Looking for some bullet hell craziness? Perhaps you need a change of pace from action-adventure games and RPG’s with a bit of twitch reflex arcade action? Well then, Azure Reflections might be a good game to start with on the Switch.
Type: Single-player, Local Co-op
Genre: Bullet Hell, Shmup, Touhou
Release date: 30 Aug, 2018
Amid the glowing pink and blue orbs of death, I came to a realization. There is a wonderfully satisfying feeling when you squeeze into just the right spacing between gorgeous exploding bullet patterns to pull off an attack that kills a boss. It’s not unlike winning a tough match in Tekken 7 or defeating a difficult boss in an ARPG with only one hit left on your health. That’s the rush of a Touhou game and if you are looking for that type of feeling, then this just may be the game you are looking for to get into this genre.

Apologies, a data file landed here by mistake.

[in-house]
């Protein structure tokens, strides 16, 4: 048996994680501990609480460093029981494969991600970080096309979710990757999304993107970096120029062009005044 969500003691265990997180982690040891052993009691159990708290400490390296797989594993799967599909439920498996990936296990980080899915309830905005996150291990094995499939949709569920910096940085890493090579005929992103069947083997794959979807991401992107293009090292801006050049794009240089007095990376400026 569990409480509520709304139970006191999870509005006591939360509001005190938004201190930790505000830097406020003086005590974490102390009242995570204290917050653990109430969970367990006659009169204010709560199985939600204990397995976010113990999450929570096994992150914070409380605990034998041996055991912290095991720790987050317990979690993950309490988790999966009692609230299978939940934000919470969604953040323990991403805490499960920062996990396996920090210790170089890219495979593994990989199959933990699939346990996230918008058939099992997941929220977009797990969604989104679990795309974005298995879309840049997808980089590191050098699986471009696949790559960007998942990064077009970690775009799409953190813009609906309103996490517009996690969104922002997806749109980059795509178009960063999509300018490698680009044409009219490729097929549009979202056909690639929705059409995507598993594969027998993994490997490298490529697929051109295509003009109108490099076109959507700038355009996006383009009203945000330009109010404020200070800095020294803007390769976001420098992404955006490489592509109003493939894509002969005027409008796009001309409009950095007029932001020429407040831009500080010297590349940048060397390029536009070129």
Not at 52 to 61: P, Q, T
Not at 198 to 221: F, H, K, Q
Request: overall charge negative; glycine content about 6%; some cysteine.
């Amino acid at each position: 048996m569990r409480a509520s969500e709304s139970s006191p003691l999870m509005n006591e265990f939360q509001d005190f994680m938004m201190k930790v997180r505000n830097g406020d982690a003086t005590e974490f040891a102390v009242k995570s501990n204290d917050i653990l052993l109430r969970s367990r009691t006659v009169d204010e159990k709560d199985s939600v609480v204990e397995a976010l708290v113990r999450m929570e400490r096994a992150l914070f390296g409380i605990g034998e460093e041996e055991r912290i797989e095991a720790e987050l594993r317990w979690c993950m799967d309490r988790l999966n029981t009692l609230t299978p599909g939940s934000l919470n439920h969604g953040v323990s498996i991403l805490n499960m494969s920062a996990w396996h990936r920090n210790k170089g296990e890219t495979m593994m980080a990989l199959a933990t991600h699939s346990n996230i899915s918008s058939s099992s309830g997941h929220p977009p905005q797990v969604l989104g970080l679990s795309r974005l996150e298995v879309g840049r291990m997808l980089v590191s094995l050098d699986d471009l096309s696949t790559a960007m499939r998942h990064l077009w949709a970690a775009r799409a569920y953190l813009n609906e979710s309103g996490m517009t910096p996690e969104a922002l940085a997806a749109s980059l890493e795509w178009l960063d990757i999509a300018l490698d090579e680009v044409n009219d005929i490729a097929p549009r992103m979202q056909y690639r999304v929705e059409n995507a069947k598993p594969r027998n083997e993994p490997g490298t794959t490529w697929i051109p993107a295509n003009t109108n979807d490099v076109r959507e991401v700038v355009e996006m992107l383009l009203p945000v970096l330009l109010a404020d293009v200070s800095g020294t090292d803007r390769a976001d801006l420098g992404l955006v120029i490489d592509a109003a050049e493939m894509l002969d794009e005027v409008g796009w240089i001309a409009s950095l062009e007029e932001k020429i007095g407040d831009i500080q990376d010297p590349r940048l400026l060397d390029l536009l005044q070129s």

Azure Reflections is a horizontal side-scrolling bullet hell shmup Touhou game. If that makes no sense to you, you can reference this wiki here. We are talking about a game where hundreds if not thousands of bullets are coming at you all at once and you have to navigate the minute empty spaces where there are no bullets while shooting all the bad guys both in front of and behind you.
Gameplay: Starting Out for New Players
I am not a bullet hell expert, so this entire review is based on someone who has played a few bullet hells before for a handful of levels, but never a Touhou game. That’s really what I was curious about. Could an average gamer start out with this Touhou game and enjoy themselves? Well, yes, they can. That said, this game is hard as hell and for newbies, it will be quite difficult to begin at first. However, the game goes out of its way to help new players get into the gameplay with very fair and helpful tools.